My experience caring for this woman exemplifies the stress that patients who have never had health care may put on my hospital and nurse colleagues. This woman never had an IV in her arm nor had she ever stayed overnight in a hospital. Now, she was told that when she went home, she’d need to check her blood sugar with a glucometer four times a day and inject herself with insulin. I spent a lot of time with her, explaining things to ease her anxiety.

During that shift, one of my other patients said, “You must be busy. I haven’t seen you all night.” My heart sank. He was fine physically, but I could tell he needed someone to talk to for a few minutes. Unfortunately, I had to get back to my diabetic patient. Preventing her blood sugar from dropping took priority over spending time with my lonely patient. Unfortunately, there were no extra nurses to care for my other patients.

In fact, executives at my hospital recently proposed reducing our inpatient nursing staff. They note that the number of patients admitted for overnight stays has decreased in the last few years. They say medical and surgical care has improved, and better primary care has kept patients healthy enough to avoid hospital admissions. The ACA permits hospitals to continue shifting patient care from the expensive inpatient setting to the cheaper—and more profitable—outpatient setting.

The problem with that diagnosis? My patients are not healthier. With the ACA, there are more patients entering hospital infrastructures that have been diminished. Patients visit the emergency room and wait longer before being admitted. When they do get admitted, rather than being sent home and told to follow up with their primary care physician, they are often much sicker and require more care.

This new burden is falling heavy on the hospitals and staff. Nurses are working harder than ever with fewer resources.

It’s a killer combination: hospitals delaying and denying care to patients as the ACA enables more Americans to buy into this deeply flawed system. If the ACA is successful in contributing to keeping patients out of the hospital, inpatient care will be reserved for patients with acute, severe illnesses and the number of hospital nurses will drop dramatically. Meanwhile, other patients will be managed in the outpatient setting and more nurses will move into home health and advice nursing.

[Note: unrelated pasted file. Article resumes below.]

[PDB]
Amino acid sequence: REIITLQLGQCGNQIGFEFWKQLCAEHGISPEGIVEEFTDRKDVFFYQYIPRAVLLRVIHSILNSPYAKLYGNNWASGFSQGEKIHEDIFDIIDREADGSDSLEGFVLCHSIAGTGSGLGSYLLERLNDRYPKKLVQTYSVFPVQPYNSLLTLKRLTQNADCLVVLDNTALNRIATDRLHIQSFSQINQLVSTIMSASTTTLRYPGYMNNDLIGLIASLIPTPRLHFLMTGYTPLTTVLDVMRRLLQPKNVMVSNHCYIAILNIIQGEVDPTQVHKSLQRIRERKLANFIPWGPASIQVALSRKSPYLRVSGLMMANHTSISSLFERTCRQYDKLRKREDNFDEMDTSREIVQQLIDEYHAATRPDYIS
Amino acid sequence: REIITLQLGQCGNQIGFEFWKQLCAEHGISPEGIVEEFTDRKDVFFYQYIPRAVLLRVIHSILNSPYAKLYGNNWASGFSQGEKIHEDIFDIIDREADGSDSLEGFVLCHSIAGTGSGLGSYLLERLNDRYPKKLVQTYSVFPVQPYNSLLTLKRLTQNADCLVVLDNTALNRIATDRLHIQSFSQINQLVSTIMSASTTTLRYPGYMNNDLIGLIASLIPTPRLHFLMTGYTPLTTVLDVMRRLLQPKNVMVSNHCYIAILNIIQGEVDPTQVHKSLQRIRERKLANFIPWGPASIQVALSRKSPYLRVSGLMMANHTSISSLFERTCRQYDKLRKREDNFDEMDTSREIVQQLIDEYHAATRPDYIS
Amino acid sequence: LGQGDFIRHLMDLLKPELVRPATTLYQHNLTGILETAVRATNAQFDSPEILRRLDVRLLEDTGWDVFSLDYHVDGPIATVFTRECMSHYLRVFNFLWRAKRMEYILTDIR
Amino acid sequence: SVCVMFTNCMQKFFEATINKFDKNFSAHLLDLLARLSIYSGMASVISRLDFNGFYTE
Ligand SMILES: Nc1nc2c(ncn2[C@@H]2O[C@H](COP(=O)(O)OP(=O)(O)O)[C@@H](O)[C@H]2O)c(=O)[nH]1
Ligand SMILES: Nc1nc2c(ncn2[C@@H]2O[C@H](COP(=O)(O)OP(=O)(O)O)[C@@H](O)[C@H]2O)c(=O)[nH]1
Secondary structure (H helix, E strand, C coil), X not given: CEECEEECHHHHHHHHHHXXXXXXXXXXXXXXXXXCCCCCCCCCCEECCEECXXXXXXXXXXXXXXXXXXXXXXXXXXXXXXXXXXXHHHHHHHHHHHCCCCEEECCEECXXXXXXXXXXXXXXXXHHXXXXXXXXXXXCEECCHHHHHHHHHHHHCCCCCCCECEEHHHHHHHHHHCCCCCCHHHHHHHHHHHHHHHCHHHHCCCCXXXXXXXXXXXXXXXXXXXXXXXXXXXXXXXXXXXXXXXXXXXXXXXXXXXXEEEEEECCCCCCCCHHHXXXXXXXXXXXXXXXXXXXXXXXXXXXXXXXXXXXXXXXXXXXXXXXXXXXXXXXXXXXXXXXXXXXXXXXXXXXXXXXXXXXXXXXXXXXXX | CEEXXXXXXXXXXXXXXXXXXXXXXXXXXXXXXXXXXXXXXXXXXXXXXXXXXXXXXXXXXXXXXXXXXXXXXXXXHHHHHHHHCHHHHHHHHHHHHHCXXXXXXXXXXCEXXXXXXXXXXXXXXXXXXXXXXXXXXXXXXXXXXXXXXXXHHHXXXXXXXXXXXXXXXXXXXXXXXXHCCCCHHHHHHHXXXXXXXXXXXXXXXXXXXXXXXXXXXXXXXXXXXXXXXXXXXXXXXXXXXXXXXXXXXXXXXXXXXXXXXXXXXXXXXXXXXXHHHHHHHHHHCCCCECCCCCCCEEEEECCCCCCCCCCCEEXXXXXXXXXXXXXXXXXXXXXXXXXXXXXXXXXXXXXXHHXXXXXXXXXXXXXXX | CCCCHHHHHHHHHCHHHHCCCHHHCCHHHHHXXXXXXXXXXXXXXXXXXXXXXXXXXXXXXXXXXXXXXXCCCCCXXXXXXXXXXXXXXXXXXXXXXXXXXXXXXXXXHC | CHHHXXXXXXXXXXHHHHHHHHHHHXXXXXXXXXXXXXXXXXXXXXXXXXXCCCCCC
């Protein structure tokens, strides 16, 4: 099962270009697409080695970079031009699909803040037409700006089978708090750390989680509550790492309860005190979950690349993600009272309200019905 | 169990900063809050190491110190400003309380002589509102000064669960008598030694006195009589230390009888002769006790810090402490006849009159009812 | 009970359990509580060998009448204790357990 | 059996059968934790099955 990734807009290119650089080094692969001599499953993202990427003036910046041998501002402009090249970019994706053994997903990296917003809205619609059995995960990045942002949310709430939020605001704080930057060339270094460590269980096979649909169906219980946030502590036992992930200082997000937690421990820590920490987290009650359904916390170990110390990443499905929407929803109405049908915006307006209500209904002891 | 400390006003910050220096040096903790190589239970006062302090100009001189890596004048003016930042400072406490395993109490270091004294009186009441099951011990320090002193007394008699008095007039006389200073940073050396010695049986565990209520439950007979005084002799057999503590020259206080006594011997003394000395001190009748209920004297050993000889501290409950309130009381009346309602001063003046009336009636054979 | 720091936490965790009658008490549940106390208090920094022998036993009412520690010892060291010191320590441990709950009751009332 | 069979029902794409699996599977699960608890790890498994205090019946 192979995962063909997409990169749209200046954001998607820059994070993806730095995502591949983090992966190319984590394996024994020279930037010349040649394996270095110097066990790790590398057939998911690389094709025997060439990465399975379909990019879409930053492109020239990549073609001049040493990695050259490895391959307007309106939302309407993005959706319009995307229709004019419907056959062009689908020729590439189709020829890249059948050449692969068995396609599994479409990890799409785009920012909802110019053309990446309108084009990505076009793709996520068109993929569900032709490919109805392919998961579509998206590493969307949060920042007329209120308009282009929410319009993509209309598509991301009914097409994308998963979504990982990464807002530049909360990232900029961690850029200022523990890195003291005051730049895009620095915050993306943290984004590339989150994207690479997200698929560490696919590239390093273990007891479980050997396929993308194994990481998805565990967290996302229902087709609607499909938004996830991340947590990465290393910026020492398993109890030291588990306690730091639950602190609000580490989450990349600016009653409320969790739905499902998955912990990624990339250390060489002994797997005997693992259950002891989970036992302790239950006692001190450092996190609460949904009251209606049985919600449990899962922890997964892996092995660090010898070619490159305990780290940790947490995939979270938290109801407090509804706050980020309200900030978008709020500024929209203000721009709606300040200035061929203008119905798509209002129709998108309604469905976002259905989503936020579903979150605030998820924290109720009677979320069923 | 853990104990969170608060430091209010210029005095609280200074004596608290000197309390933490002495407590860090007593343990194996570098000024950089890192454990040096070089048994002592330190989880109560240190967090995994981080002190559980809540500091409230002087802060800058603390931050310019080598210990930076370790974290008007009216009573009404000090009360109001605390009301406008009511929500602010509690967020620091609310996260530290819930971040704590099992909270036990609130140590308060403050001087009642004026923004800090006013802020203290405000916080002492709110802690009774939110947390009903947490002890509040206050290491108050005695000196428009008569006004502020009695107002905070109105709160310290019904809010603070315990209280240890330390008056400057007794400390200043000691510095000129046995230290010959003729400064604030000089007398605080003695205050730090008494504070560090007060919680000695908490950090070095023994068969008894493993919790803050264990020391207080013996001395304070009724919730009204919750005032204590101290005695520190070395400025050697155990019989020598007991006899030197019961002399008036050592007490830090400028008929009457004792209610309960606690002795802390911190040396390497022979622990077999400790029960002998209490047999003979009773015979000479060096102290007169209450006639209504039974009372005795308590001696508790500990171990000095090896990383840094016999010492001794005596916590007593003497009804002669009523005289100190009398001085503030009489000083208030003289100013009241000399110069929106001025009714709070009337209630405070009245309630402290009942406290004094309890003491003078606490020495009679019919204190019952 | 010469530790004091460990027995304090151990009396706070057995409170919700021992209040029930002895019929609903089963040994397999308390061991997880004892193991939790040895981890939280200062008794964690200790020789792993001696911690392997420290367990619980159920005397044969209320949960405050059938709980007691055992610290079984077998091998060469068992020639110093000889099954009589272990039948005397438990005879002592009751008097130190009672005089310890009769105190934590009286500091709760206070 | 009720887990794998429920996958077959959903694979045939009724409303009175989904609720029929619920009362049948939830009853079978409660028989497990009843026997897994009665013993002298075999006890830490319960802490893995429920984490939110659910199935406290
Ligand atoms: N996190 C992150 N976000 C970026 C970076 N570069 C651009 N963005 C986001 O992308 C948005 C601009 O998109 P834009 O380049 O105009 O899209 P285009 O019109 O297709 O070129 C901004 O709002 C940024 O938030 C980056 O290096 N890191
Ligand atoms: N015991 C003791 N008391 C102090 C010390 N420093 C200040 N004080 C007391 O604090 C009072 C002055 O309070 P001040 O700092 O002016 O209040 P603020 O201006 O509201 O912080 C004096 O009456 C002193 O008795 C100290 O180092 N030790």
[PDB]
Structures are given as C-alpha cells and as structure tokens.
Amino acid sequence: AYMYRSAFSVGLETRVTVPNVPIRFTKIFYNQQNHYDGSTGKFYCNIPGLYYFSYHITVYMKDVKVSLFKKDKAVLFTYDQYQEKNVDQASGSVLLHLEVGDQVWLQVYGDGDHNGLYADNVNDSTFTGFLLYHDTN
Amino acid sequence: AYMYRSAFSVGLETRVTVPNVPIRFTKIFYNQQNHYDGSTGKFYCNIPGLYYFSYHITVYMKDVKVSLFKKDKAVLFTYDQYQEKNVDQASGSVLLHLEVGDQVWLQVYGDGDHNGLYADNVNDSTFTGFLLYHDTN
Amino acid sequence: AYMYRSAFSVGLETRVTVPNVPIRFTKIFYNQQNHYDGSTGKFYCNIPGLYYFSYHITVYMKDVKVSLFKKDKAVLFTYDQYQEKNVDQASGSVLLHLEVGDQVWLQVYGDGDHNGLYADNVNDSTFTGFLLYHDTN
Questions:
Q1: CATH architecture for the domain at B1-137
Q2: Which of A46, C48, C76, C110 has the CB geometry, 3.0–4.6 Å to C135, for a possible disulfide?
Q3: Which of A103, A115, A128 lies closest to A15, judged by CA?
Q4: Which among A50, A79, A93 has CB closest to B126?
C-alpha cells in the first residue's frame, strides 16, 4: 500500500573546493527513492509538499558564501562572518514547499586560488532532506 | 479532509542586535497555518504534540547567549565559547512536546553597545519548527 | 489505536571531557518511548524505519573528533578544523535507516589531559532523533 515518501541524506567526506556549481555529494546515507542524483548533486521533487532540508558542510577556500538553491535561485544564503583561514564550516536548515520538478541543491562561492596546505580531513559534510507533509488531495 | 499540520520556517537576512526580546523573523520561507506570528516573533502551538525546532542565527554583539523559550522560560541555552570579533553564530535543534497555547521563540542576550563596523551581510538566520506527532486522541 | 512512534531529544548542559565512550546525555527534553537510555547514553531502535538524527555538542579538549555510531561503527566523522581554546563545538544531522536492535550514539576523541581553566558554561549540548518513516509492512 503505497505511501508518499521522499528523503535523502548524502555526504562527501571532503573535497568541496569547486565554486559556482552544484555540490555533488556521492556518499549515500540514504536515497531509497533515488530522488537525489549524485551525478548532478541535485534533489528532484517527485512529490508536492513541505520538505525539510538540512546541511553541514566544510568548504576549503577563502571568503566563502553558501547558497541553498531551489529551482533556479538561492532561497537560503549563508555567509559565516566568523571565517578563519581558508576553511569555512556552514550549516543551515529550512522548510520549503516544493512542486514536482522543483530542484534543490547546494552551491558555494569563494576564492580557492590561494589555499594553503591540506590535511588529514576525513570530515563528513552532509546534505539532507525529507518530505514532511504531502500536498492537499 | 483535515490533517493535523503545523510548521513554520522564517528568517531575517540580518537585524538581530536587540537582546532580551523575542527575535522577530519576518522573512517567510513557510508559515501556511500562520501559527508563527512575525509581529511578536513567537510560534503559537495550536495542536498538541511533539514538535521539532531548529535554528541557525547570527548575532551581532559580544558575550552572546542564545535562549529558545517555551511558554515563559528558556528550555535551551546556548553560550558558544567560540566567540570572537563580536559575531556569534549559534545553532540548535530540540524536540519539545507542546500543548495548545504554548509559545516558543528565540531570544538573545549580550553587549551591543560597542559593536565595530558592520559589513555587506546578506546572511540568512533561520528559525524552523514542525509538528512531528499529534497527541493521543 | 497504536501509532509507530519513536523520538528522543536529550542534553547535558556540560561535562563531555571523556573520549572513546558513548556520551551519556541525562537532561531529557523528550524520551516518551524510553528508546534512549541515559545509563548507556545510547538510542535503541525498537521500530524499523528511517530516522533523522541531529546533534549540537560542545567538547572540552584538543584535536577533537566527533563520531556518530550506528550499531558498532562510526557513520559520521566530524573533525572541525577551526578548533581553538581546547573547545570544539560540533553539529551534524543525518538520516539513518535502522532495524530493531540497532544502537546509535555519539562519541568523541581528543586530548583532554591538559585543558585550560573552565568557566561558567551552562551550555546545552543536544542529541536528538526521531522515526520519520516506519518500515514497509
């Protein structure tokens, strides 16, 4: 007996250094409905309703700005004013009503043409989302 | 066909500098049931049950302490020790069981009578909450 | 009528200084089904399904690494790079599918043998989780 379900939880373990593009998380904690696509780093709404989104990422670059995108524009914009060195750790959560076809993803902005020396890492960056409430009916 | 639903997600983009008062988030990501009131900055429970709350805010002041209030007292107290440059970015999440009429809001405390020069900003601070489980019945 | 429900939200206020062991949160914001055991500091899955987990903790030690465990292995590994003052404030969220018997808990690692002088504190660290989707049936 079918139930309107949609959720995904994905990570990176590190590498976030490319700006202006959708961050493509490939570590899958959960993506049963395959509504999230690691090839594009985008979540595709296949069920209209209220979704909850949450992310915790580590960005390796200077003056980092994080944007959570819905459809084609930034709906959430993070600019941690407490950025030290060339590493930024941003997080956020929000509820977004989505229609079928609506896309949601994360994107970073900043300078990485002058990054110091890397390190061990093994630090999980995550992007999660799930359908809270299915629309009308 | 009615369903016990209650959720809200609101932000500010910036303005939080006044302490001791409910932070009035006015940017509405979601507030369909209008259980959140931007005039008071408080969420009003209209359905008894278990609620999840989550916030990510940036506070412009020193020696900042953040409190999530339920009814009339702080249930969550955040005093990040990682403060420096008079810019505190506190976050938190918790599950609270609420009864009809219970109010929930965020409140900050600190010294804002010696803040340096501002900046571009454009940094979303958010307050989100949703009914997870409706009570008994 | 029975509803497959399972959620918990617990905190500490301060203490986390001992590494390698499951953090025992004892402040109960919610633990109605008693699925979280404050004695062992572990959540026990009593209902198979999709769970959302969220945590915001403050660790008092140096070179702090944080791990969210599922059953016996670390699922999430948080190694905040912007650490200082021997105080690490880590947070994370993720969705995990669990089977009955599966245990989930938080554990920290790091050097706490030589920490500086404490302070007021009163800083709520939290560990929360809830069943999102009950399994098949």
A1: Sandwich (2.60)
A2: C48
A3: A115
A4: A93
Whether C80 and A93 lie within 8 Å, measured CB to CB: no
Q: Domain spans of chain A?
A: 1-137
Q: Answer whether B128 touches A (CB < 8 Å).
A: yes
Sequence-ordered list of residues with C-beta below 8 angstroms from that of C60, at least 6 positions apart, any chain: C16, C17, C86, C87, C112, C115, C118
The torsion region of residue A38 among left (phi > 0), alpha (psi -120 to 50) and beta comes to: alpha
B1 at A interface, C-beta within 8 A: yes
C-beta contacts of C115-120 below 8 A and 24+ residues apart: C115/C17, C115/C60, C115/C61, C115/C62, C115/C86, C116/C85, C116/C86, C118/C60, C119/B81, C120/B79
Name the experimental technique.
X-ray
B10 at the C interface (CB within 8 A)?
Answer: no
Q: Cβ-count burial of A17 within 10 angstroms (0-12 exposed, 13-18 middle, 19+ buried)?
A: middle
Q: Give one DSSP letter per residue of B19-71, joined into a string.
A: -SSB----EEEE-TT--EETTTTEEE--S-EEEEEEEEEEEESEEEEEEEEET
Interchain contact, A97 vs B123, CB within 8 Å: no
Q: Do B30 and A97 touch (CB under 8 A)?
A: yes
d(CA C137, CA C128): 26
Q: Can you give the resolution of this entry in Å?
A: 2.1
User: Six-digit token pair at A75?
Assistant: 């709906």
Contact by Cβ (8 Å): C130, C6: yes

But it’s unrealistic to assume all the care I give my patients in the hospital can be done at home by family members, friends and the occasional visit by a home health nurse. In a hospital, patients benefit from a huge team of health care practitioners.

Consider my new diabetic patient. She benefitted from the ongoing support of nurses to teach her about diabetes, visits from the dietitian to help with her menu planning, and the assistance of a social worker who helped her identify additional resources. Her doctor monitored her blood sugar to see how she responded to the treatment. When, after a few days in the hospital, she checked her sugar, determined her insulin dose, drew it up and administered it to herself, I had tears in my eyes. She deserved that care and I was proud she got it. While I hope the ACA will get care to millions of other Americans, I worry that it may make it harder for people to get comprehensive, timely care from trained and compassionate health care practitioners, including nurses like me.

Amy Dertz is a Registered Nurse and has worked at Kaiser Permanente Hospital in Oakland on the Adult Medical/Surgical/Oncology Unit since graduating from California State University, East Bay in 2007. She lives in Richmond, California. This piece originally appeared at Zocalo Public Square.

TIME Healthcare

Obama Hosts Obamacare Enrollment Party

Champagne, but no selfies, for those who helped 8 million Americans enroll in the Affordable Care Act

President Barack Obama and First Lady Michelle Obama feted about 300 people at the White House on Thursday to celebrate the close of the Affordable Care Act’s maiden enrollment period.

Despite a rocky rollout, the Department of Health and Human Services announced Thursday that 8,019,763 people selected health-insurance plans through the marketplaces created under the law through the middle of April, exceeding projections.

The Obamas cracked open the champagne for allies and advocates who helped defend the law against Republican attacks and led a nationwide campaign to get Americans enrolled in the marketplace plans.

Among the attendees were labor leaders, Democratic operatives and health care activists, as well as celebrities who helped the Administration promote the law, including University of North Carolina men’s basketball coach Roy Williams, former NFL player Eddie George, Friday Night Lights and Nashville star Connie Britton, University of Connecticut women’s basketball coach Geno Auriemma, and actor and former White House official Kal Penn.